I gave many talks around the country after the release of the report, Becoming a Nation of Readers in 1985. After several months of having conversations with teachers around the country, I concluded that: “In education, the solutions of one generation when taken to their extreme become the problems of the next generation.” For example, Becoming a Nation of Readers suggested that trade books needed to be included in the school curriculum, not simply controlled texts. In some contexts, this recommendation was interpreted to mean only trade books at all grade levels (including first grade). This interpretation is still evident in the anthologies of basal reading programs where, at least in grade one, the number of unique words per 100 words is approximately four times what it was before Becoming a Nation of Readers (Hiebert, 2005).
Similarly, some (mis)interpretations of the report of the National Reading Panel (NICHD, 2000) can be expected to create a new set of problems. Several weeks ago, I was talking with a group of teachers about the need to verify that their students are, indeed, reading a critical mass of text annually and cumulatively over the primary grades. I presented guidelines that ensure students have read at least 1,000,000 words in school by grade four (the reason for the one-million words by grade four may be a topic of another Frankly Freddy). The table that was the source of these guidelines appears below.
|Level||Reading as Part of Instruction||Scaffolded Silent Reading 1||Total|
|Grade 1||10 minutes daily @35 wpm = 63,000||7 minutes daily @30 wpm = 37,800||100,800|
|Grade 2||15 minutes daily @80 wpm = 216,000||15 minutes daily @80 wpm = 216,000||432,000|
|Grade 3||20 minutes daily @100 wpm = 360,000||20 minutes daily @100 wpm = 360,000||720,000|
1 from E.H. Hiebert (in progress). Scaffolded Silent Reading: Instruction and Intervention to Support Independent Reading Strategies and Skills. Santa Cruz, CA: TextProject. © E.H. Hiebert, 2006
This table generated considerable confusion for teachers from one school in the audience. Their confusion pertained to the third column—the recommendation for scaffolded silent reading. Their supervisor(s) had concluded that, because the NRP concluded that “No research evidence is available currently to confirm that instructional time spent on silent, independent reading with minimal guidance and feedback improves reading fluency or overall reading achievement,” there should be no silent reading during the Reading First block. That is, even in a teacher-directed instructional lesson, students were not to read silently. All reading during teacher-directed instructional lessons was aloud. Even when students were working on extensions of lessons, their reading was to be aloud. For all intents and purposes, silent reading had been eliminated from the primary grades in this school.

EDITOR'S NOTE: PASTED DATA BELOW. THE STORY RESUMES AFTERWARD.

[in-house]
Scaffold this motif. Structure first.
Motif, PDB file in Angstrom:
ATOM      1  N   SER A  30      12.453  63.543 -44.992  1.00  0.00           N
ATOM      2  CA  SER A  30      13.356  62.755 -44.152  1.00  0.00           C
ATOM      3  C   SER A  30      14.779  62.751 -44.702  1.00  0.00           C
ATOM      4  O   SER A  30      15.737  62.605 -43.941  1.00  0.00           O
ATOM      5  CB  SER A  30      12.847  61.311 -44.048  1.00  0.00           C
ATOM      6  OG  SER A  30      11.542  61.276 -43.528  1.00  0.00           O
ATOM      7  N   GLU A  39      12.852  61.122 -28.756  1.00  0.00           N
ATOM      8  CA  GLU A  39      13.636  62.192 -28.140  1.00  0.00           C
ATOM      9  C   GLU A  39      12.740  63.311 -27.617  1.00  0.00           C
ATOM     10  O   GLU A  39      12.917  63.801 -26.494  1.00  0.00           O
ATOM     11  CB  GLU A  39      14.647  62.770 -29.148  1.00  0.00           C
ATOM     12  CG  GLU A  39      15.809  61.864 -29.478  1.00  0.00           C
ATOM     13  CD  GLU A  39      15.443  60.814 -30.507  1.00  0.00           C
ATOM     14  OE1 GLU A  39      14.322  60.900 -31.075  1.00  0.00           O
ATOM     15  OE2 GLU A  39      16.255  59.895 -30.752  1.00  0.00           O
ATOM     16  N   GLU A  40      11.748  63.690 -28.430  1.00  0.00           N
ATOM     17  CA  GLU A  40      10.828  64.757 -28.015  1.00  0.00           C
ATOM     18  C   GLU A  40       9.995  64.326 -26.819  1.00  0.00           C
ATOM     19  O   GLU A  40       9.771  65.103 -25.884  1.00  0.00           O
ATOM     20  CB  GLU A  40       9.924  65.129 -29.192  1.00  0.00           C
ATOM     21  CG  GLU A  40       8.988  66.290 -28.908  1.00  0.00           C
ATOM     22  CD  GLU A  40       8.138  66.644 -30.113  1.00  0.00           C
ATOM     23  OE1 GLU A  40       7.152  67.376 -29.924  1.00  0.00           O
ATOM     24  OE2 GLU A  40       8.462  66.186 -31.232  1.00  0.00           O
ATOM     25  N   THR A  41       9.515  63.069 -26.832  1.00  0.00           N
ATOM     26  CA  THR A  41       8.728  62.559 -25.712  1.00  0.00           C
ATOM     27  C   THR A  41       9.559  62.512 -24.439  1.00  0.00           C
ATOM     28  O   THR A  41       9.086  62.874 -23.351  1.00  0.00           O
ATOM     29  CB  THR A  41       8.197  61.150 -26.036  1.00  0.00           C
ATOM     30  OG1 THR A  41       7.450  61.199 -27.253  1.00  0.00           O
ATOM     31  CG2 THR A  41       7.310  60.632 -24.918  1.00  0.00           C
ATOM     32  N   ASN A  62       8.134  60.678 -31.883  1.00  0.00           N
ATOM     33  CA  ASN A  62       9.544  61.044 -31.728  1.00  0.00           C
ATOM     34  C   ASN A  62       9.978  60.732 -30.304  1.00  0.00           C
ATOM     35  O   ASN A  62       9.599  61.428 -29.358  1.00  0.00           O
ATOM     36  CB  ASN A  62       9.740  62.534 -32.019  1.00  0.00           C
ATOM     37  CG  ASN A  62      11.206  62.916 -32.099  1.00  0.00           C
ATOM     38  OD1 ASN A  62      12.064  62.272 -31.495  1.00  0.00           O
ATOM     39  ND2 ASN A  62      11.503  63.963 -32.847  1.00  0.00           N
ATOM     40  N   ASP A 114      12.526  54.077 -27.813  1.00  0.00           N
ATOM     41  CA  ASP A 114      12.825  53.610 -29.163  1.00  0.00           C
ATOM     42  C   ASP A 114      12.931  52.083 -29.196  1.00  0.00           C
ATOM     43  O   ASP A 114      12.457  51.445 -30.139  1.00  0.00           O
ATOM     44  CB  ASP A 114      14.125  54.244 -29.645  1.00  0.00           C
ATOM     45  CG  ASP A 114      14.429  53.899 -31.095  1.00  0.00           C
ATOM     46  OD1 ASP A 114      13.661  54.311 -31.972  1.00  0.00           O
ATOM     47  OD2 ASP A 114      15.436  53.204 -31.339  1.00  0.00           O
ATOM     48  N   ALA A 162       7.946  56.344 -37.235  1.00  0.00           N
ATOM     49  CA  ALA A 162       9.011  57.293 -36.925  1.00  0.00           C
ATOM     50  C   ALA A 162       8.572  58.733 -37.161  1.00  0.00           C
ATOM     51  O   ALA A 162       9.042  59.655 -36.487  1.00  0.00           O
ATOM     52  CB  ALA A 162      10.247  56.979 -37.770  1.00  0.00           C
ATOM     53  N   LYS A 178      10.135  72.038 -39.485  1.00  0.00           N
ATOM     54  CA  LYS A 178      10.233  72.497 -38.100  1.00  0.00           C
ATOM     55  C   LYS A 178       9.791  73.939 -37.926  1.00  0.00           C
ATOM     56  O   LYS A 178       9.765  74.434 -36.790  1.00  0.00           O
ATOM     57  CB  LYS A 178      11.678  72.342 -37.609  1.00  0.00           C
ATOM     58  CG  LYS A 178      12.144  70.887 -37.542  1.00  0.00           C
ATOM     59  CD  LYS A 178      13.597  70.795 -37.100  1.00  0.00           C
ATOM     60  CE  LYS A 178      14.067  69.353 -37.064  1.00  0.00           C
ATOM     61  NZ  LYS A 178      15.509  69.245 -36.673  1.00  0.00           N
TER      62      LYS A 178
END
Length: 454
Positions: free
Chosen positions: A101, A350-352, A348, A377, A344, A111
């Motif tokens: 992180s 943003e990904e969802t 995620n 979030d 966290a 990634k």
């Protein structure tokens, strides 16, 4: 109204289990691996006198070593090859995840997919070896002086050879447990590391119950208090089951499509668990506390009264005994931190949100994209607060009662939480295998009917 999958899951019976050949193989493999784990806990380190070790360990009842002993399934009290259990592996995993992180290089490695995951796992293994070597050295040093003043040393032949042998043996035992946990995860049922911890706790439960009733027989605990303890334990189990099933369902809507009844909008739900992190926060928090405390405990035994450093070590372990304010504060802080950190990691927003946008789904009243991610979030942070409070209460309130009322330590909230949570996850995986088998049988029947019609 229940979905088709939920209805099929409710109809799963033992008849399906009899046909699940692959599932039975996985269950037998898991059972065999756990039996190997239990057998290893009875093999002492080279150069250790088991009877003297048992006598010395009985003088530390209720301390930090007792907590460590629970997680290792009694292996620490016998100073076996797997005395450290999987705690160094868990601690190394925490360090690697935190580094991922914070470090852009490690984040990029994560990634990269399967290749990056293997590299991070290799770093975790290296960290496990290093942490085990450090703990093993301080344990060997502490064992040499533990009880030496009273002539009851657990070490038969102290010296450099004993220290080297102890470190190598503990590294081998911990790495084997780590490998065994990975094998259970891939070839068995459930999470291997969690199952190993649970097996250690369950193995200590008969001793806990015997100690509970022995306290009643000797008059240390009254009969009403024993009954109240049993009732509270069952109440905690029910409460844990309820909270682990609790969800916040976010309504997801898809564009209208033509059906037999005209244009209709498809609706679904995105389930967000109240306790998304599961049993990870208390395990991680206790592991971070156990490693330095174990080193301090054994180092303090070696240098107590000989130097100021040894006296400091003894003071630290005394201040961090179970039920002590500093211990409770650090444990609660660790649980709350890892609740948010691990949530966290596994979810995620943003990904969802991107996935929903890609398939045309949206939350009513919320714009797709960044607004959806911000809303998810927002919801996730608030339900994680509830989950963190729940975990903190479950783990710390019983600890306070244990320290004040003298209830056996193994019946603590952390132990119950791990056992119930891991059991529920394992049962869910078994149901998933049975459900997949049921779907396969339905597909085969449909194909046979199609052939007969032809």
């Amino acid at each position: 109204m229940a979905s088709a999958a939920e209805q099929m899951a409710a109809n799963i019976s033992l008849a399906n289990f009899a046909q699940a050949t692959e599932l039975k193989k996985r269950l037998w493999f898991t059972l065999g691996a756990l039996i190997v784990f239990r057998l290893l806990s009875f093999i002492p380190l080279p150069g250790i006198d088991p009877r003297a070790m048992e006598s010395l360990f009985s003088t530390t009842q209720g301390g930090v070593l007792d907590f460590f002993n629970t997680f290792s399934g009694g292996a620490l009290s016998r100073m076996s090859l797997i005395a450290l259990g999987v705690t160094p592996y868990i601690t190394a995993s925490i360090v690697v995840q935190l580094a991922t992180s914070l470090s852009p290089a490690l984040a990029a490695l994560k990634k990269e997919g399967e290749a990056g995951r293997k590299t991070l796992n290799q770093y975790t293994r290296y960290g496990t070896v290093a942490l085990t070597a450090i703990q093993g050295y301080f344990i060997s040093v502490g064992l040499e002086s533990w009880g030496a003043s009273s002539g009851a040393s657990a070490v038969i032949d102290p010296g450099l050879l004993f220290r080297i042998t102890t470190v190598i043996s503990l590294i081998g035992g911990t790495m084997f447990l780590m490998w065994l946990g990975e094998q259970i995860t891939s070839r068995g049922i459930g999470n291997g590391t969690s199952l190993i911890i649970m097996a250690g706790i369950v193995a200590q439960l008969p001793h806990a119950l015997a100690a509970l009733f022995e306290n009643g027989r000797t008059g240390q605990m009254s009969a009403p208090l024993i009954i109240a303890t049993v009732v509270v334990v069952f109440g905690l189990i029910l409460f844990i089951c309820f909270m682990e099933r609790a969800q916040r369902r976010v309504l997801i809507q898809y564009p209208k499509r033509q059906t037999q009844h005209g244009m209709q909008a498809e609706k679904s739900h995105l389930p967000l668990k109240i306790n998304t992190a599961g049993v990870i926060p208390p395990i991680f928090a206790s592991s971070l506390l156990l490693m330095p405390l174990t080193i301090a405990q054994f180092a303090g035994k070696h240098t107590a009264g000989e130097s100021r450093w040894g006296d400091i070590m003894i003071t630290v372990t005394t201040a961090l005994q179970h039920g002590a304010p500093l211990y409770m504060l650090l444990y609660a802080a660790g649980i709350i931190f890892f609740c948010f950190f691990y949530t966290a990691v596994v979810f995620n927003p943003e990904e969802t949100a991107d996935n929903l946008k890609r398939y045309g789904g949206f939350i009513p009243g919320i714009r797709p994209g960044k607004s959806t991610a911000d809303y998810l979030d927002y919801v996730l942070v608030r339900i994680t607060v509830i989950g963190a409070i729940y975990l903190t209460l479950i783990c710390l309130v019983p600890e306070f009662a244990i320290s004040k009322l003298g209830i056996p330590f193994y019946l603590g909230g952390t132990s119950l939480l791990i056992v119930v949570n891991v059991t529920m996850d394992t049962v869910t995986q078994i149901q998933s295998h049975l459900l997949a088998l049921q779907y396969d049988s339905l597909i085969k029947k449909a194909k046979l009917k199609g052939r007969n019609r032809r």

The debate around this finding of the NRP has centered on consequences of eliminating self-selected, independent reading from the elementary curriculum. Much has been written on this particular issue, although not much on the nature of the instruction of self-selected reading. I am in the midst of reviewing research on the characteristics of avid readers and the kinds of instruction and interventions that support similar characteristics in all students (Hiebert, in progress).
The issue that I want to focus on here is the consequences for students’ silent reading comprehension when opportunities to read during instruction in the primary grades overemphasize oral reading or even are exclusively oral.
Silent reading is the primary mode of reading for proficient readers. If primary-level students only read aloud during instruction, it is doubtful that their reading rate and comprehension in silent reading will progress at the level required to be proficient. That is, their rate of thinking about text will be limited to their rate of oral reading fluency. While the information on silent reading rates is limited and dated, the best available data suggest that average third graders should be reading approximately half again as quickly in a silent reading task as they are reading orally (Taylor, Frankenphl, & Pettee, 1960).
A constant diet of oral reading during instruction does not give students the opportunity to develop silent reading fluency. In particular, if students’ only opportunity to read silently during instruction occurs when other students are reading orally, students have impoverished silent reading experiences. A long research literature (e.g., Gilbert, 1940) shows that those following along silently while another student read slowly or dysfluently display the eye movements of poor readers.
Students whose only opportunities for silent reading occur in the context of following along as other students read orally are particularly at a disadvantage during assessment events. Even with first graders, group-administered reading assessments (other than oral reading fluency) are measures of silent reading fluency and comprehension. On the norm-referenced tests and criterion-referenced tests such as the National Assessment of Educational Progress (NAEP) and state tests modeled after the NAEP, reading is silent.
Students who are part of communities of readers outside the classroom are able to get the opportunities that are required to develop high levels of silent reading fluency and comprehension. Students who depend on schools to become literate will be penalized by instruction that overemphasizes oral reading and fails to model and provide opportunities for silent reading. What does silent reading have to do with it (with the “it” being comprehension)? Everything. Silent reading is the medium in which proficient readers typically comprehend.